But again, downtime costs can vary wildly: According to Forbes, the average automotive manufacturer loses $22,000 per minute when the production line stops. The relevant question is not what the industry average downtime cost is. The important consideration is how much downtime will cost your organization—not only in hard costs but also in reputational, legal, and regulatory damages.
Recommendation: Make sure you orchestrate and automate as much of the recovery process as possible. Orchestrated recovery with complex systems can make the difference between days and weeks of recovery time versus minutes and hours. For instance, it took Maersk nine days just to recover their Active Directory following the NotPetya attack. In the same environment, but with an orchestrated solution, the time to recover can be reduced to 30 minutes.
Post-breach security prevents follow-on attacks
Once the recovery has been completed, ensuring the environment is secured and can be trusted is the last major effort in the recovery process. The last thing that you want is to expose the recovered environment too soon, which could open the door for attackers to immediately return and take it down again. You need to identify and eradicate lingering malware before returning systems to production.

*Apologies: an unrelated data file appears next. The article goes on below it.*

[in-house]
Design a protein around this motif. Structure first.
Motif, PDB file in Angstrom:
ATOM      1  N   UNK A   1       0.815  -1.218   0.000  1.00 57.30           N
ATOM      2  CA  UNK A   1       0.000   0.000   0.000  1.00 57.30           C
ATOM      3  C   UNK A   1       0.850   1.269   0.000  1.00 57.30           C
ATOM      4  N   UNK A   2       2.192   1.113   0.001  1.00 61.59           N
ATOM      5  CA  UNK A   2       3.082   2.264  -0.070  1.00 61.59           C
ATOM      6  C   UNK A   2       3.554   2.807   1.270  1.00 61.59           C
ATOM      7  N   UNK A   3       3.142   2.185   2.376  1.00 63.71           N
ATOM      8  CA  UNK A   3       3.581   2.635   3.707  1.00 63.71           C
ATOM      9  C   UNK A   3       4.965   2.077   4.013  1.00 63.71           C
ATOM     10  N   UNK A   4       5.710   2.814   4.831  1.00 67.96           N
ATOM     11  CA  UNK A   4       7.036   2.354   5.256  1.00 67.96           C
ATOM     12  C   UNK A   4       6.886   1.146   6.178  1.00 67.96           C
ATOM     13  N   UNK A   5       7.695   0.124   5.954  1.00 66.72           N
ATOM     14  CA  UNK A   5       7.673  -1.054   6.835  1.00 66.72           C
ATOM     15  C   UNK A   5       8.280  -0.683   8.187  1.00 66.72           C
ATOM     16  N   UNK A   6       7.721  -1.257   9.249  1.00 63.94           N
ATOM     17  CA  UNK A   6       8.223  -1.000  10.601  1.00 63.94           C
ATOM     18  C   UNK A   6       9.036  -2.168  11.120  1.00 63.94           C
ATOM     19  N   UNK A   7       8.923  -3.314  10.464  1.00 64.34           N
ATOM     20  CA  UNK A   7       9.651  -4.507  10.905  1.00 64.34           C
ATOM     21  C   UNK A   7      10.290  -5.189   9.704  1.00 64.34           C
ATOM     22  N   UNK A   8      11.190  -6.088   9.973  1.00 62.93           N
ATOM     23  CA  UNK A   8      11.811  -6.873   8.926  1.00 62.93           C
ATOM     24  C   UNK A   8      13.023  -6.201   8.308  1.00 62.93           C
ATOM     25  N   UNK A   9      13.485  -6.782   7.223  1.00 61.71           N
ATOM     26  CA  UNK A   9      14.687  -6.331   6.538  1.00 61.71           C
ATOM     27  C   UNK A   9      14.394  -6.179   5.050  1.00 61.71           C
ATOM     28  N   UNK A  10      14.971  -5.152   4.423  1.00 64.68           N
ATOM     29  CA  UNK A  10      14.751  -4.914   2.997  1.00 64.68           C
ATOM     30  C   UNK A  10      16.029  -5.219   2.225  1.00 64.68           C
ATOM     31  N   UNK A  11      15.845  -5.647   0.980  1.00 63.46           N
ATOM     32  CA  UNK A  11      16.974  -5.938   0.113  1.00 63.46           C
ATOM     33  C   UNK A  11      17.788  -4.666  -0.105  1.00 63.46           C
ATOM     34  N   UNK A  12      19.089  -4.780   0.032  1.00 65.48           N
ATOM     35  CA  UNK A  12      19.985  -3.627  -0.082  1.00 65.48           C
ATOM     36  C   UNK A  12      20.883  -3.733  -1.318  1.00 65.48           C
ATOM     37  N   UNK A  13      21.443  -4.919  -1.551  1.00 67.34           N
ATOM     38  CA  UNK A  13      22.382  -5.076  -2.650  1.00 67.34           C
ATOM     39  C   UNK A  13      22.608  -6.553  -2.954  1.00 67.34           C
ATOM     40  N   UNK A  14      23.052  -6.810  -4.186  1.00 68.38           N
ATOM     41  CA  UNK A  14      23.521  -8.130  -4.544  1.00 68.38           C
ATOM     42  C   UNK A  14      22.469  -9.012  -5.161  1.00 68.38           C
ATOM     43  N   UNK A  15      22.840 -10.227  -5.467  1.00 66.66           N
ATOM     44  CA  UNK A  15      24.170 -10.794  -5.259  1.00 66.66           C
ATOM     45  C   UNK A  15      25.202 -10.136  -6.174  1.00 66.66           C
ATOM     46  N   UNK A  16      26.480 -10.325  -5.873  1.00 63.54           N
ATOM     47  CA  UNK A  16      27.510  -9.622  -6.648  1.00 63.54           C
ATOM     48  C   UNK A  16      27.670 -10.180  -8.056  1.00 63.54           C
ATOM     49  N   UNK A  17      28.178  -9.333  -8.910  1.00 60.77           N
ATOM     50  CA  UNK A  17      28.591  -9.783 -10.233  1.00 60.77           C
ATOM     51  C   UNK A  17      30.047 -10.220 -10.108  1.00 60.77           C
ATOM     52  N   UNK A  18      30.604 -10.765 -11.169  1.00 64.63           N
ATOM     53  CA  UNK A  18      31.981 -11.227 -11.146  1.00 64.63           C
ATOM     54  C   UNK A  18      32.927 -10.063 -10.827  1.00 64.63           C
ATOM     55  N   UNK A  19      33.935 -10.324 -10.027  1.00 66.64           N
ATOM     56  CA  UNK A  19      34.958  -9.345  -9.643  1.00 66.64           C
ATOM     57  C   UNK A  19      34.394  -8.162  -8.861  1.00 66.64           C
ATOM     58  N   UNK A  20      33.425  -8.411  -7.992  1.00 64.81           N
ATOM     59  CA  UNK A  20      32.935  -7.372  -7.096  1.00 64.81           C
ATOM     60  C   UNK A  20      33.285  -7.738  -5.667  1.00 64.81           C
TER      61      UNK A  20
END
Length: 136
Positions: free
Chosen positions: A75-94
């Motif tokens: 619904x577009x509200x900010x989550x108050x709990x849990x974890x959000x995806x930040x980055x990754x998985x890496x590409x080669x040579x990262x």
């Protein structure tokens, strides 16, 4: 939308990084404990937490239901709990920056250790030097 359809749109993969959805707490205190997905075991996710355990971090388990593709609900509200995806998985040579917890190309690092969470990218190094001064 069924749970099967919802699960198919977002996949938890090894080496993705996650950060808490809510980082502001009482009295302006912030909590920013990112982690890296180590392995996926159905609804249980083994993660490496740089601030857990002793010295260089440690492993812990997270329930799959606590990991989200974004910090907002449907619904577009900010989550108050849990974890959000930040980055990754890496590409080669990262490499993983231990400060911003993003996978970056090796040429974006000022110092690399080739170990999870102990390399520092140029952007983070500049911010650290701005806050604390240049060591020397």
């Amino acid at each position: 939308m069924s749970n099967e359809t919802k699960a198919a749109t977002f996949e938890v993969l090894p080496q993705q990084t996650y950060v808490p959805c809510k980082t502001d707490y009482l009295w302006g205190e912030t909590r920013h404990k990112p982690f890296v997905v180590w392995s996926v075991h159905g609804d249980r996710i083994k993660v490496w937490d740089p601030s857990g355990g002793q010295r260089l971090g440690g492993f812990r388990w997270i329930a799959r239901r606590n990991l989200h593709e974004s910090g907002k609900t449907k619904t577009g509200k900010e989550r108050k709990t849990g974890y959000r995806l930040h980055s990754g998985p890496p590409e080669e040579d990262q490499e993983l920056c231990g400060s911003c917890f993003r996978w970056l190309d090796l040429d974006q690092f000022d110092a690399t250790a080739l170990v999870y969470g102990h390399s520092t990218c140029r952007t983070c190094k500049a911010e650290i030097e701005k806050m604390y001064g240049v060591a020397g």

Recommendation: Make sure your IR process includes a well-defined process for securing the environment post recovery. The procedure should include scanning all systems for indicators of exposure (IOEs), indicators of compromise (IOCs), and potential indicators of attack (IOAs).
Focus on reducing downtime to improve cyber resiliency
Preparing for the worst-case scenario is the first step in ensuring your organization can survive a cyber disaster. The number and severity of attacks on organizations of every size, every vertical market, and every geographic location rises with each passing month.
Based on my experience in helping organizations recover from devastating attacks, I urge every business leader to prioritize developing a fully tested, cyber-first disaster recovery plan. Although you can’t prevent every cyberattack, you can dramatically reduce the time to recover. That reduced downtime could be the factor that determines whether your business survives.